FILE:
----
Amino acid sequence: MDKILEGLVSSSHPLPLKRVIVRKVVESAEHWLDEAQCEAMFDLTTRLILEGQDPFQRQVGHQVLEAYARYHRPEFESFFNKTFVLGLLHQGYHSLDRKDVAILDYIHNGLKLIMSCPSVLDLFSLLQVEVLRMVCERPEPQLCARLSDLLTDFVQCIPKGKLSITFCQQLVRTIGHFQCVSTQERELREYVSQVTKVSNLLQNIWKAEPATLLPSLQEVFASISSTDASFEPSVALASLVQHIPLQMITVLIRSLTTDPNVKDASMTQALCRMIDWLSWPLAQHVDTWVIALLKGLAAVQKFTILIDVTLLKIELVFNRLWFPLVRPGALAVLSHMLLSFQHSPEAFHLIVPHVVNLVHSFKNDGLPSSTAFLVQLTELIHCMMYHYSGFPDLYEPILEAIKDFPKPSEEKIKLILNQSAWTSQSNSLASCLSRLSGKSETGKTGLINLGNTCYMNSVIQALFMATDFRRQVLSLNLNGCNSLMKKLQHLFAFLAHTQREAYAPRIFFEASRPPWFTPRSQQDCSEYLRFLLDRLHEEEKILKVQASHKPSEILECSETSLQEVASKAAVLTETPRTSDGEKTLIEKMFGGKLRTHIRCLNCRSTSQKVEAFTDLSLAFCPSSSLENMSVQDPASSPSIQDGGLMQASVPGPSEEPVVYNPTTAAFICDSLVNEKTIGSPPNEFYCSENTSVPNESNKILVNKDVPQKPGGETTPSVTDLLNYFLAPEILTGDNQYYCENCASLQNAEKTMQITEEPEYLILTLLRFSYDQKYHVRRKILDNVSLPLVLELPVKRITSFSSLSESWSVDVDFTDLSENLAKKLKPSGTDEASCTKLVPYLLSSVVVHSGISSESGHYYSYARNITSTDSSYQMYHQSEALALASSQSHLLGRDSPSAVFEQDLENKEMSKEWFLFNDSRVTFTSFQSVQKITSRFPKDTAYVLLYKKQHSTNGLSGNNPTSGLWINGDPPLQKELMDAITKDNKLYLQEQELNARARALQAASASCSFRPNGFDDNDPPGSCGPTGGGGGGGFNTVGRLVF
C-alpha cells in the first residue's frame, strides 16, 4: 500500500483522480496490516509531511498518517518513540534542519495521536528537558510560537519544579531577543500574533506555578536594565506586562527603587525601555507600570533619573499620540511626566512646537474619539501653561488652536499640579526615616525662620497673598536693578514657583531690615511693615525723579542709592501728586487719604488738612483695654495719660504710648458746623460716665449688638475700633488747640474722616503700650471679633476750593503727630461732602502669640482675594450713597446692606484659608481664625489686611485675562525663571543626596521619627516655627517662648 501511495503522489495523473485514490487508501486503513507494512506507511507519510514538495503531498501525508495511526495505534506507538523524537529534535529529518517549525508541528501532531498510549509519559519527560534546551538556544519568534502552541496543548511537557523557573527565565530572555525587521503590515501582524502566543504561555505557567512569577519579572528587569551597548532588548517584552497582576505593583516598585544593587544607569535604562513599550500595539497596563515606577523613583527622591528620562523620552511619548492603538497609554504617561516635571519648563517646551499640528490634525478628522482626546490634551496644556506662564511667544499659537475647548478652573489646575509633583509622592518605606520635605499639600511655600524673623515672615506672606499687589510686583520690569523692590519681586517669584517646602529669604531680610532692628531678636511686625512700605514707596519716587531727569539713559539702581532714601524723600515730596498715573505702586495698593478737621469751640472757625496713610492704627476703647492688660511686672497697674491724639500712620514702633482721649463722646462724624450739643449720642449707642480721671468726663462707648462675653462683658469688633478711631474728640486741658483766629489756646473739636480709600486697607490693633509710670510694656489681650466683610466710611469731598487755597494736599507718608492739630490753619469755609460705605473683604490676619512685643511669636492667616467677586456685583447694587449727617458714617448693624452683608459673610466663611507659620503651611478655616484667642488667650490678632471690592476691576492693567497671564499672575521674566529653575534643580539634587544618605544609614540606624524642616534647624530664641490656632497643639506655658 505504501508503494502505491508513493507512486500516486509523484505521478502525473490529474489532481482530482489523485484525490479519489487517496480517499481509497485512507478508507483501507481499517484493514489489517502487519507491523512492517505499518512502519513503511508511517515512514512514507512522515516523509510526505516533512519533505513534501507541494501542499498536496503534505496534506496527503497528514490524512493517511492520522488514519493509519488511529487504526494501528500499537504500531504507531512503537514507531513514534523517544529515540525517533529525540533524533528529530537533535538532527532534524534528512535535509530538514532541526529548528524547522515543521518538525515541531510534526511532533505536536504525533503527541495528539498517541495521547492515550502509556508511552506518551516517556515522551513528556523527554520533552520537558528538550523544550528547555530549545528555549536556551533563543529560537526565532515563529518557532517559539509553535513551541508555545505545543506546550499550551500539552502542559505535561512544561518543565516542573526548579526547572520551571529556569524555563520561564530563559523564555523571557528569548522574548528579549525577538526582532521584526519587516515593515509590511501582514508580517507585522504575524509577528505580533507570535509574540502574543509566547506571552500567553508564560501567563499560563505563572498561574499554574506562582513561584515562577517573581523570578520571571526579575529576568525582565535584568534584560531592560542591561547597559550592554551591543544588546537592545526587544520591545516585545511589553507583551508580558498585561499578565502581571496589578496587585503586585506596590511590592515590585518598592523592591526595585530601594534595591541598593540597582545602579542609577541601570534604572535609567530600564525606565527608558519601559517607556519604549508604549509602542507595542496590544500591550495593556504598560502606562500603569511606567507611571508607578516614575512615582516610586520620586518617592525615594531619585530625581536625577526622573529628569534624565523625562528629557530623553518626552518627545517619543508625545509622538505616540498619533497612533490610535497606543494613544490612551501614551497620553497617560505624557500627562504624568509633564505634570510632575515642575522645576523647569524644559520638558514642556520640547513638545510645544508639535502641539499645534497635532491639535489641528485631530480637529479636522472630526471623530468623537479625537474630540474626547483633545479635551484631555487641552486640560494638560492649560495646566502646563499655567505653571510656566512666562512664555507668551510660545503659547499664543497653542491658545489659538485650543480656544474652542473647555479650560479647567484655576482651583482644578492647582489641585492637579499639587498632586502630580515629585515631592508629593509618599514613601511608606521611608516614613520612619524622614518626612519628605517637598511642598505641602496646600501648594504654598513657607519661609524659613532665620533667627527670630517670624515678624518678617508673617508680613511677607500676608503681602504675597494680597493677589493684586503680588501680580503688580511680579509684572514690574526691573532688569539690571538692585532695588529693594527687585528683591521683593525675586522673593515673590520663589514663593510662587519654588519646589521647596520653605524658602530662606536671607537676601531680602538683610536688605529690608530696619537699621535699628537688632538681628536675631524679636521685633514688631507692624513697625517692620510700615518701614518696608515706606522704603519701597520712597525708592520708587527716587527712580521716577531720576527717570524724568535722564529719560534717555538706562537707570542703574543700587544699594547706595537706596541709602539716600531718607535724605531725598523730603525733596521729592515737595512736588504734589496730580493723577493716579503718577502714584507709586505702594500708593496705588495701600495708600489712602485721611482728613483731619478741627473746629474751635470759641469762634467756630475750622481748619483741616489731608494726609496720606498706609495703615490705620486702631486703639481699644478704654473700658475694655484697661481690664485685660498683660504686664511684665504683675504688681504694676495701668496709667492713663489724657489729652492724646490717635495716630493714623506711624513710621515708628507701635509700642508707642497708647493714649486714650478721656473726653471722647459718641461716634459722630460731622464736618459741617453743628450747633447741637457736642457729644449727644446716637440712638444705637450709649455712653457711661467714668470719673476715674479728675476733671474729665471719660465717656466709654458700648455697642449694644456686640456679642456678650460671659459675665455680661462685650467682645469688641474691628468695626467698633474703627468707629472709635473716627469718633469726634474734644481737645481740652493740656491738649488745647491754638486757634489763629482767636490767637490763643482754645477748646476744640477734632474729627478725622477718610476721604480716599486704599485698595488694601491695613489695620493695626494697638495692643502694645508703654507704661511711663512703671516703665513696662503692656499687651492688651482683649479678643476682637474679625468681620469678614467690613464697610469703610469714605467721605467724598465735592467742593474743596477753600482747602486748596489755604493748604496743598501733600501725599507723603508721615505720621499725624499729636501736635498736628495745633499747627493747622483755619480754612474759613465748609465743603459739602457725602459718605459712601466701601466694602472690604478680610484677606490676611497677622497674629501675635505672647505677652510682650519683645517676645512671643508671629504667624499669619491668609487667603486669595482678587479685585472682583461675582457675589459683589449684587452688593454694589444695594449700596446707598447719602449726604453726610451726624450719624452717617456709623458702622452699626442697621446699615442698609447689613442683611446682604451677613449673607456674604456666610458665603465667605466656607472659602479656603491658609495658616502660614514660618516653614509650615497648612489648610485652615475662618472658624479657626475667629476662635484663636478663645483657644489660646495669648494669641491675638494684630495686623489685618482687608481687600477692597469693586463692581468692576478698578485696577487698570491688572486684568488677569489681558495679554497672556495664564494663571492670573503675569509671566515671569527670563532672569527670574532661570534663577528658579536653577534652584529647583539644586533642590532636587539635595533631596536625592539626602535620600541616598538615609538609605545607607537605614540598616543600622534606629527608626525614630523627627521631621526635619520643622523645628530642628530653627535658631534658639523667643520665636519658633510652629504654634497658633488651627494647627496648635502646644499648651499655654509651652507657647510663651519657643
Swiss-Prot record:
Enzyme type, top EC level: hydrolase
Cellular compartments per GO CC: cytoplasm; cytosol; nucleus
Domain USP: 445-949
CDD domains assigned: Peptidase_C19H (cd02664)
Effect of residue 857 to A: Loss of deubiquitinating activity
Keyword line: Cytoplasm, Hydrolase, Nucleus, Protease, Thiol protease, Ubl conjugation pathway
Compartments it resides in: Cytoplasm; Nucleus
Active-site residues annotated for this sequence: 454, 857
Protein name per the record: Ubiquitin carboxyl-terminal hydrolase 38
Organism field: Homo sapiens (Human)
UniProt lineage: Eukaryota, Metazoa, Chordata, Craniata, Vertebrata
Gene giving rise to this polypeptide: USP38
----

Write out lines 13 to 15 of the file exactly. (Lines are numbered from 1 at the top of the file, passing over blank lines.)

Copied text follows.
Organism field: Homo sapiens (Human)
UniProt lineage: Eukaryota, Metazoa, Chordata, Craniata, Vertebrata
Gene giving rise to this polypeptide: USP38